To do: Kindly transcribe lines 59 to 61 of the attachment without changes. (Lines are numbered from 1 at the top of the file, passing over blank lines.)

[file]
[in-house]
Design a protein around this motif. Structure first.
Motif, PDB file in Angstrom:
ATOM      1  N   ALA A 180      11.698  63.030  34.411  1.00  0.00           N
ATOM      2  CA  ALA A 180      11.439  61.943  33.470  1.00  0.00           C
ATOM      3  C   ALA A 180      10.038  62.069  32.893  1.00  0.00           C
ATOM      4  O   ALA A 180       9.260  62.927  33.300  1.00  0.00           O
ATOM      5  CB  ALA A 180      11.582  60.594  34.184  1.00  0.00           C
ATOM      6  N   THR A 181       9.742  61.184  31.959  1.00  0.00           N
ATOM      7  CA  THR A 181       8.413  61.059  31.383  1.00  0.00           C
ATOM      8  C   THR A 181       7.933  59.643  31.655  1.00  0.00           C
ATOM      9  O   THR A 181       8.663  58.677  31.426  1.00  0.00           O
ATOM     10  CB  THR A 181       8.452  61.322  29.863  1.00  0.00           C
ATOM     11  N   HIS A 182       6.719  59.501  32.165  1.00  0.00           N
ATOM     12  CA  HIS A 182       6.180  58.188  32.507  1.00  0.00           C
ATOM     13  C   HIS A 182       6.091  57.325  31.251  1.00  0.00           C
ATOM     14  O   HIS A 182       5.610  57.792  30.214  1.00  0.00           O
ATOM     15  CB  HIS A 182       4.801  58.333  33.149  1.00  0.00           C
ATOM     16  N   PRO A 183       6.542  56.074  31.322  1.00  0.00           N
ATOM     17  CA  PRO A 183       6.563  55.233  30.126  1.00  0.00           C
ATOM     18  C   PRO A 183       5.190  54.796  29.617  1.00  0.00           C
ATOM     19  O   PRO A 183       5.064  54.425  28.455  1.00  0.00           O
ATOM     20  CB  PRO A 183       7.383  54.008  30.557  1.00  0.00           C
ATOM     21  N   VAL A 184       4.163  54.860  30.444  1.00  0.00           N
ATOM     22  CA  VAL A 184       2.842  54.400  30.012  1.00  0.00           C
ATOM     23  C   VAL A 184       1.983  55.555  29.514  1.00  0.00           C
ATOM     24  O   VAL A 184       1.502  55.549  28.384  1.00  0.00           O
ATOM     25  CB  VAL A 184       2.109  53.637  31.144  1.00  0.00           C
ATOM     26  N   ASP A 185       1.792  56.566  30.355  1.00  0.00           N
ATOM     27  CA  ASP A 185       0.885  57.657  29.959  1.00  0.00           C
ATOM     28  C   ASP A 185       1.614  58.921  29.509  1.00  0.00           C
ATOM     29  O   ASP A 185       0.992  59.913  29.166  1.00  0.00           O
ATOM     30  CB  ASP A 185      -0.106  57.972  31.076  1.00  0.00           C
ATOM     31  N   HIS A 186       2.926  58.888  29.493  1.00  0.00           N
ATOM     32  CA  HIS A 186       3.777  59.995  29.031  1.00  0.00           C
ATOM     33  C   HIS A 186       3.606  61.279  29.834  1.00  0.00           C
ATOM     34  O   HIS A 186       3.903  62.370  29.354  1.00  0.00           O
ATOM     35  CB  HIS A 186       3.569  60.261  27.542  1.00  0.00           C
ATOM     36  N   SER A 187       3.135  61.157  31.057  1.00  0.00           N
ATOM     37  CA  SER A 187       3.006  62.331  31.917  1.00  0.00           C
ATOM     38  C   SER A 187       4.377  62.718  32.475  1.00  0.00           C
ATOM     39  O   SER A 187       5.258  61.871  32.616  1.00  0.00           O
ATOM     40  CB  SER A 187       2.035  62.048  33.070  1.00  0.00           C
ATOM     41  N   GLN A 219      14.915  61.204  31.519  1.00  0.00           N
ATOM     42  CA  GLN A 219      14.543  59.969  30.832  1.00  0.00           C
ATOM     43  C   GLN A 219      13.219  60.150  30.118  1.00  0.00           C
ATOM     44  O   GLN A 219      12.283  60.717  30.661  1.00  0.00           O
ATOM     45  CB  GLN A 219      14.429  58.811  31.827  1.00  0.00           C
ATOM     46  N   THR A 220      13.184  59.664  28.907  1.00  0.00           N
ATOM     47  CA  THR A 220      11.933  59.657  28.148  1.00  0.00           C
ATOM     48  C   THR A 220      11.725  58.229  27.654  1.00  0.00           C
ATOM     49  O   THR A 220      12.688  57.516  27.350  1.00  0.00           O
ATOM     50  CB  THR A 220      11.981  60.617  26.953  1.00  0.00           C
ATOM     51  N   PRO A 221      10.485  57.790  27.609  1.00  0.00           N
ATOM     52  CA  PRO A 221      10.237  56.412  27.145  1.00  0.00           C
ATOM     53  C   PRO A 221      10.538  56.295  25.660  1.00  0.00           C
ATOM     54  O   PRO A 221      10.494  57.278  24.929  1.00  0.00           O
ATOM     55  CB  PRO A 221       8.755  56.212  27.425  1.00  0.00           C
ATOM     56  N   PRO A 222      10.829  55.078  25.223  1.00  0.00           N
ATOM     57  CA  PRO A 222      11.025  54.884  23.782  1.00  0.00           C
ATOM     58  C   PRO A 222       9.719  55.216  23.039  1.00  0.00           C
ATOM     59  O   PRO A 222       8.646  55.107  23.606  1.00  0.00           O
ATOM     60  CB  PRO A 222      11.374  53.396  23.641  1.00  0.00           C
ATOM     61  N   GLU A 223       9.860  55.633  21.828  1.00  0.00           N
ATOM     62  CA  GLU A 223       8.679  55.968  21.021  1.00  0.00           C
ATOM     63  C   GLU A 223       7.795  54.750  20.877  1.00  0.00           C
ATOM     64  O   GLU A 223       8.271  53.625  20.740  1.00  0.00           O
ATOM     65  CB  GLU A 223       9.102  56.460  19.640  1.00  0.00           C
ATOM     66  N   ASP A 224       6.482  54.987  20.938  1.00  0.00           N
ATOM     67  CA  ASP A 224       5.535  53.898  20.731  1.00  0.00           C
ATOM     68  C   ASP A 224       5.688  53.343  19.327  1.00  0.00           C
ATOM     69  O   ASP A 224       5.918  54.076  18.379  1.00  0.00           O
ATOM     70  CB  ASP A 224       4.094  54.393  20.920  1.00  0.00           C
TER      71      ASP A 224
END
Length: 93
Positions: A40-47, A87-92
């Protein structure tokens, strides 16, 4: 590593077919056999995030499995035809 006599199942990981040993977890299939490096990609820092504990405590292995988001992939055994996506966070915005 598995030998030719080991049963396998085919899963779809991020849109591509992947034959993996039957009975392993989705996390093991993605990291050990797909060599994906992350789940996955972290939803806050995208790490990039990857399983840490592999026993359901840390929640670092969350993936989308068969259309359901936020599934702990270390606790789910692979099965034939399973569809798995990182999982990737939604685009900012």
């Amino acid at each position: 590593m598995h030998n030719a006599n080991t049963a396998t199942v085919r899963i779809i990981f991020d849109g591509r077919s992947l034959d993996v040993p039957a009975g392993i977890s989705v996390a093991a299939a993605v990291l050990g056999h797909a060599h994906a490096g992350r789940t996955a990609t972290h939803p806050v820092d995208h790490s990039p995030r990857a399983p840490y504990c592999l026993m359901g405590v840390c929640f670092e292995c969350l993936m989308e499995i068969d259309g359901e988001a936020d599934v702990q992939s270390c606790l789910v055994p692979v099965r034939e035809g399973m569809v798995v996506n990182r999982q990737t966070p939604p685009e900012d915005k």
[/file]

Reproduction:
ATOM     56  N   PRO A 222      10.829  55.078  25.223  1.00  0.00           N
ATOM     57  CA  PRO A 222      11.025  54.884  23.782  1.00  0.00           C
ATOM     58  C   PRO A 222       9.719  55.216  23.039  1.00  0.00           C